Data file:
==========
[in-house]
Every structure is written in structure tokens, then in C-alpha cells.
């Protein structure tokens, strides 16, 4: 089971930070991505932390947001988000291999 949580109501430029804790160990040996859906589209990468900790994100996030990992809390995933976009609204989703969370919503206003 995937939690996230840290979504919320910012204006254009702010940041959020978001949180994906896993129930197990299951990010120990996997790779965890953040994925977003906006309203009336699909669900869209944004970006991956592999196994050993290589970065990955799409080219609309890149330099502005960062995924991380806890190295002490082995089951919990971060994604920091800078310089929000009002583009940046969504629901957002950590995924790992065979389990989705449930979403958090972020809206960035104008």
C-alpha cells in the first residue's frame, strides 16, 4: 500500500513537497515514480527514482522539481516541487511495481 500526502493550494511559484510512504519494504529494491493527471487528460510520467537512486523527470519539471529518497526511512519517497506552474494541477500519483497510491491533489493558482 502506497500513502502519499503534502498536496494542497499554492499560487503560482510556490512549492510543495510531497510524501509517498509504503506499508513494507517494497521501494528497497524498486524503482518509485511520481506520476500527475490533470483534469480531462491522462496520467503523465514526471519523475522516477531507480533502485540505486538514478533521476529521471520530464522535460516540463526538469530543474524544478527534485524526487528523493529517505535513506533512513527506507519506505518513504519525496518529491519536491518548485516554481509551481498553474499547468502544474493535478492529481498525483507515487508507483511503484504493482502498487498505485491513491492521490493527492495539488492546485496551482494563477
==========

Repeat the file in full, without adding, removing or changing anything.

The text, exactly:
[in-house]
Every structure is written in structure tokens, then in C-alpha cells.
């Protein structure tokens, strides 16, 4: 089971930070991505932390947001988000291999 949580109501430029804790160990040996859906589209990468900790994100996030990992809390995933976009609204989703969370919503206003 995937939690996230840290979504919320910012204006254009702010940041959020978001949180994906896993129930197990299951990010120990996997790779965890953040994925977003906006309203009336699909669900869209944004970006991956592999196994050993290589970065990955799409080219609309890149330099502005960062995924991380806890190295002490082995089951919990971060994604920091800078310089929000009002583009940046969504629901957002950590995924790992065979389990989705449930979403958090972020809206960035104008």
C-alpha cells in the first residue's frame, strides 16, 4: 500500500513537497515514480527514482522539481516541487511495481 500526502493550494511559484510512504519494504529494491493527471487528460510520467537512486523527470519539471529518497526511512519517497506552474494541477500519483497510491491533489493558482 502506497500513502502519499503534502498536496494542497499554492499560487503560482510556490512549492510543495510531497510524501509517498509504503506499508513494507517494497521501494528497497524498486524503482518509485511520481506520476500527475490533470483534469480531462491522462496520467503523465514526471519523475522516477531507480533502485540505486538514478533521476529521471520530464522535460516540463526538469530543474524544478527534485524526487528523493529517505535513506533512513527506507519506505518513504519525496518529491519536491518548485516554481509551481498553474499547468502544474493535478492529481498525483507515487508507483511503484504493482502498487498505485491513491492521490493527492495539488492546485496551482494563477